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One might assume that the halachic quality of machine-made matzah has only improved since its advent in the mid-19th century. After all, today’s matzah-making machinery has benefited from an additional century and a half of scientific progress. Several recent publications, however, have suggested that technological innovation has actually negatively affected the kashrut of machine matzah (see, for example, R. Menachem Mendel Eisenberg, “HaChashashot beMatzot Mechonah shel Yameinu,” Techumin 26 (5766) p. 126; R. Moshe Sternbuch, Responsa Teshuvot veHanhagot 4:100 and 6:106).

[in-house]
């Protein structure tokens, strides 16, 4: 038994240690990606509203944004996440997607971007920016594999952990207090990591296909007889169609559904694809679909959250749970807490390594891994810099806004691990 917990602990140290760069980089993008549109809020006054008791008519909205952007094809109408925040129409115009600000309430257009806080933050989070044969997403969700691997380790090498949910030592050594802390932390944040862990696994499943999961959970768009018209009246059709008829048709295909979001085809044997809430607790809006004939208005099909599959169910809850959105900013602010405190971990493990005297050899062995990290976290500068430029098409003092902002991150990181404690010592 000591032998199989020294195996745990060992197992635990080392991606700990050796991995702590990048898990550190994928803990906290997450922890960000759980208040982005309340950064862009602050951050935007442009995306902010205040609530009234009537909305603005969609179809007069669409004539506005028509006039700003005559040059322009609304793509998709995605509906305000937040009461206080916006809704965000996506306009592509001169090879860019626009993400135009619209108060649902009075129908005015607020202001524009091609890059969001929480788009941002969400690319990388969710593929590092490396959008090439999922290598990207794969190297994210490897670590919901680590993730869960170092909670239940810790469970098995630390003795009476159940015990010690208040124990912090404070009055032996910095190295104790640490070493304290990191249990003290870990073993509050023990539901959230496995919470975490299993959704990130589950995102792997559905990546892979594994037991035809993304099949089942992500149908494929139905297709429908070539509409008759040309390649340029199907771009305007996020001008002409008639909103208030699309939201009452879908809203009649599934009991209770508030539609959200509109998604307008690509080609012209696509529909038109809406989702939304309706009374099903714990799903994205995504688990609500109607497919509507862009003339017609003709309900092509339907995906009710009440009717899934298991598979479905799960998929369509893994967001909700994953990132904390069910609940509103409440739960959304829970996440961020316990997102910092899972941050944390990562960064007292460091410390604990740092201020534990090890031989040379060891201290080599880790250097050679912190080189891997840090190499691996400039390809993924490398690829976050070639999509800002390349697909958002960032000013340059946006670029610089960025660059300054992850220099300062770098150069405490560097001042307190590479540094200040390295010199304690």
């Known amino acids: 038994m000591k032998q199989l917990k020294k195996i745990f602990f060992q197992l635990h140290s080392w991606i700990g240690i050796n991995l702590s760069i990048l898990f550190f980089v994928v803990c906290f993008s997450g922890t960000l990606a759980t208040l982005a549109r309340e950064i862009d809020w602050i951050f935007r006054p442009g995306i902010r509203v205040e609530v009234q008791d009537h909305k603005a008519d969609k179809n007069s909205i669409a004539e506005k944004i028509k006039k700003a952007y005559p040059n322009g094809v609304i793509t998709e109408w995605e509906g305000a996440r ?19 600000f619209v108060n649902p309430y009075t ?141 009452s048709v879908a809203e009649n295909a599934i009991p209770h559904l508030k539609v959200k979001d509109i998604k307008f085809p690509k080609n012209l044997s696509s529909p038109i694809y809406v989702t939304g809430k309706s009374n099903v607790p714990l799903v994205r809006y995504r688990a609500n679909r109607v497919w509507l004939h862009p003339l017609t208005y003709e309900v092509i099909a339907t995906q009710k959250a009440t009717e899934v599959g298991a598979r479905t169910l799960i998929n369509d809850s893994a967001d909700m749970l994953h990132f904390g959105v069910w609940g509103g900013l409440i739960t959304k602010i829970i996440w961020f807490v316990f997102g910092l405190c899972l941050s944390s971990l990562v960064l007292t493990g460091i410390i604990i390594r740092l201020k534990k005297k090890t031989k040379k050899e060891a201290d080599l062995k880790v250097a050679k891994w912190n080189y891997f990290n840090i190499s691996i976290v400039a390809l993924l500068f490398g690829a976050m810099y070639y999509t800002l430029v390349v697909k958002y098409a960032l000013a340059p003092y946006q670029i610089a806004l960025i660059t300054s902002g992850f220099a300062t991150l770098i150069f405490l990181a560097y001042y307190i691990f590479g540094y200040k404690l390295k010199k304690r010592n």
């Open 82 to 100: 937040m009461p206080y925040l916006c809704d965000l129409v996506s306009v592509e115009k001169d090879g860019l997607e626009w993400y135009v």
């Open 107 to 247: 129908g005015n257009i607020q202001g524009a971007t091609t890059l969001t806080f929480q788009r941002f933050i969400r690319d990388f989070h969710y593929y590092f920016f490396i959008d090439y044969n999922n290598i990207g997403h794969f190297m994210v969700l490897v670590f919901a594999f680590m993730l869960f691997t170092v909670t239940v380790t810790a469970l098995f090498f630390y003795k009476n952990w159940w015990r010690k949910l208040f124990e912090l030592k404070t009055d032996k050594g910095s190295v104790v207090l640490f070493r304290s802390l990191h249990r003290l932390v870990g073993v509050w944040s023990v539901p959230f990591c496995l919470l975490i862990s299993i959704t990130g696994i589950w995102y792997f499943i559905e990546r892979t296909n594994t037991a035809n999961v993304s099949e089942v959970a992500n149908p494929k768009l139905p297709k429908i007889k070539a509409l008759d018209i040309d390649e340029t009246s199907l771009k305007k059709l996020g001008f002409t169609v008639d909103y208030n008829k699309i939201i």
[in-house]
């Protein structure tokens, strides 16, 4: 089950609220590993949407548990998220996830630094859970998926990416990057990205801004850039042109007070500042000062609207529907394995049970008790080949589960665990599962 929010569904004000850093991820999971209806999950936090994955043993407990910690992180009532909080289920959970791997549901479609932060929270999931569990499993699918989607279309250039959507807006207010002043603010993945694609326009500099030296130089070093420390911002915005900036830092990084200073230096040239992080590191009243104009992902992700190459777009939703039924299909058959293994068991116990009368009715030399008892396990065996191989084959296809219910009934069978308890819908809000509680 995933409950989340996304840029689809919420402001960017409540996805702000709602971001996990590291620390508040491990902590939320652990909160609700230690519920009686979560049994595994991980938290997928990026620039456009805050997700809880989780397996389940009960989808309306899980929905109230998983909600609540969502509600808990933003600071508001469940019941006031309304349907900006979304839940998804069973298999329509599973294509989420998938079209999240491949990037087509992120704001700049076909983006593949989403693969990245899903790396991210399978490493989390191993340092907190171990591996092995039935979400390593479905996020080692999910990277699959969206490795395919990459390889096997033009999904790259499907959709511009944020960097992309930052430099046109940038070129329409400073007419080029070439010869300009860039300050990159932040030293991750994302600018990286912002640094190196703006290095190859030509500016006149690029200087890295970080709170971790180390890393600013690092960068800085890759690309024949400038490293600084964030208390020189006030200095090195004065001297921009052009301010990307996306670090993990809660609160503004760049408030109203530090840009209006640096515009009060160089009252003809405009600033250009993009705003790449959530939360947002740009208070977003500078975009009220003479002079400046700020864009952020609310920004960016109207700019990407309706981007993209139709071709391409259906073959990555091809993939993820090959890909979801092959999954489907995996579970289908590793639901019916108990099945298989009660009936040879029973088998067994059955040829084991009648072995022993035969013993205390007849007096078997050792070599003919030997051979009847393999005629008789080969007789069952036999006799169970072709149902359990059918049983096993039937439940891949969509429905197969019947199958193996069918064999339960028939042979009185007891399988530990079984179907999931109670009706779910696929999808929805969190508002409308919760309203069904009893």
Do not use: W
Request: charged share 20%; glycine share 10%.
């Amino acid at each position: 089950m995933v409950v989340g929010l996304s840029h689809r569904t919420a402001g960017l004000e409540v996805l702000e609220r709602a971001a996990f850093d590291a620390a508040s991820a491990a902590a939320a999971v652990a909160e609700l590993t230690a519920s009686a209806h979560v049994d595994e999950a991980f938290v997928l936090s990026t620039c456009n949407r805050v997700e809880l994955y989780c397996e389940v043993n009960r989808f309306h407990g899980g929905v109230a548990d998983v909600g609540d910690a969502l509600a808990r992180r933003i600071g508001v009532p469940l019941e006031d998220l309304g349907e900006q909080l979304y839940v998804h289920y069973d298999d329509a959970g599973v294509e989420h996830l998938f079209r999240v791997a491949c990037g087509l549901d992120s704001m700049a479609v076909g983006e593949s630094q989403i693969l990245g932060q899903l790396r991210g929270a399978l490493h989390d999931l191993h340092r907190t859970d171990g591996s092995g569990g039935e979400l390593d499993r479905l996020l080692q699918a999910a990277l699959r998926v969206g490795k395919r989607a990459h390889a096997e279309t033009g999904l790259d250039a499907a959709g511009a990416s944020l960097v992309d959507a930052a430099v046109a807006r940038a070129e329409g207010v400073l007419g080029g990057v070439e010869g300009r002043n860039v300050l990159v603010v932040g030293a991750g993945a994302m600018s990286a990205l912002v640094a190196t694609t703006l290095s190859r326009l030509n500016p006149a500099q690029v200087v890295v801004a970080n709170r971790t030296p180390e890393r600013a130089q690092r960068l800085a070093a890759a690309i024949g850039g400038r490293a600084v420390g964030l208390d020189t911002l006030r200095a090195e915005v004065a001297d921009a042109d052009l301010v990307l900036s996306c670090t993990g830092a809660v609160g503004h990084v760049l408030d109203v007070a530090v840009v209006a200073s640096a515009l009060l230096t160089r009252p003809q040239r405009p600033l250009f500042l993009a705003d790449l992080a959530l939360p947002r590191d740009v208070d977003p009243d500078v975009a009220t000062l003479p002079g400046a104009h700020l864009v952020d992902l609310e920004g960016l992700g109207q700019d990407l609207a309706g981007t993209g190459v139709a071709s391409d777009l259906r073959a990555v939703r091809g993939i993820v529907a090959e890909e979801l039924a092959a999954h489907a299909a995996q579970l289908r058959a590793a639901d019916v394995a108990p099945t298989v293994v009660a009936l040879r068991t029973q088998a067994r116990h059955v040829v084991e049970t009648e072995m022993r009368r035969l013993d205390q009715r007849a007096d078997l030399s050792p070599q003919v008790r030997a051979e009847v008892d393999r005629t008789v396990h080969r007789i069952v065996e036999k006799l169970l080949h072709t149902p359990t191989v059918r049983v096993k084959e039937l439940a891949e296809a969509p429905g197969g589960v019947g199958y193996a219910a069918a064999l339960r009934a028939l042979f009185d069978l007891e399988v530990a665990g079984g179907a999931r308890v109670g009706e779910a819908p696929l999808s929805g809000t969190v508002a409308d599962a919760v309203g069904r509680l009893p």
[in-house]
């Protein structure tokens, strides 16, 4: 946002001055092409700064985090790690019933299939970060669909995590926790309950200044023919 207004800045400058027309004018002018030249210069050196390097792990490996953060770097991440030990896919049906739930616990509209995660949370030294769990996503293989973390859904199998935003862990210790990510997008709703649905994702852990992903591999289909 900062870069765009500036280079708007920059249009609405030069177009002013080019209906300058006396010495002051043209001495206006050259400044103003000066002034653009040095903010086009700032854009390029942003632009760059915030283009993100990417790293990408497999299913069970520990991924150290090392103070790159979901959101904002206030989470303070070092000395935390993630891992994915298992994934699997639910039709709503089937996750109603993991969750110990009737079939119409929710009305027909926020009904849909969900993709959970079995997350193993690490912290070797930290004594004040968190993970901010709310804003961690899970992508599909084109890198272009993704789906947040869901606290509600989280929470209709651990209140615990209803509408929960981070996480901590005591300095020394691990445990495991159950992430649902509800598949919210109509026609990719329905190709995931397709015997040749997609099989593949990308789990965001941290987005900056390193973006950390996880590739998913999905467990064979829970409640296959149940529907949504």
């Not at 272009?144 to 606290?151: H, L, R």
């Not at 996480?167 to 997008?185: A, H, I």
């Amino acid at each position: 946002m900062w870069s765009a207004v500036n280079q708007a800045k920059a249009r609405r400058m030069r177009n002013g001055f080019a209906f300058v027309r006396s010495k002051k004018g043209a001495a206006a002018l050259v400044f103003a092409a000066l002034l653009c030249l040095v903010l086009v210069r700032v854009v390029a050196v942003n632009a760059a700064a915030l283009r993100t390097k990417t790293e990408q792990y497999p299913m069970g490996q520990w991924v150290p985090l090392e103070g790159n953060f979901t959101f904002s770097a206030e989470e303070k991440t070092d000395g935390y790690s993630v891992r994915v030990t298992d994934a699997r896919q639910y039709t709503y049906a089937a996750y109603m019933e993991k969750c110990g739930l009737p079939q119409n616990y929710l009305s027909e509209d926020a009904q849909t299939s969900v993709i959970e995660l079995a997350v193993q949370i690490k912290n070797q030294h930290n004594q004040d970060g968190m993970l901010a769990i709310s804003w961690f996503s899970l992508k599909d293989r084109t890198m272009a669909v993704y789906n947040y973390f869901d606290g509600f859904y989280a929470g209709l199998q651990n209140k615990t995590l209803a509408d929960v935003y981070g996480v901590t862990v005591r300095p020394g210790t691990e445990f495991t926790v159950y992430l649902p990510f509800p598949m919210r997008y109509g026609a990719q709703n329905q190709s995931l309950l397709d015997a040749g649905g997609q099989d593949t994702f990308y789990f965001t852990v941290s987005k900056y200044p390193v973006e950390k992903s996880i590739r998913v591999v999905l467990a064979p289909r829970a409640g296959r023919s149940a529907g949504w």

These studies have received scant attention – probably because it’s difficult to imagine that deleterious innovations have crept virtually unnoticed into the production of machine matzah. The purpose of this essay is to raise awareness of their findings and to stimulate discussion. It must be emphasized from the outset that its goal is not to assert unequivocally that contemporary machine matzah is unsatisfactory. It must also be noted that not all matzah plants follow the exact same procedures; thus, the issues mentioned here do not necessarily pertain in full to all bakeries.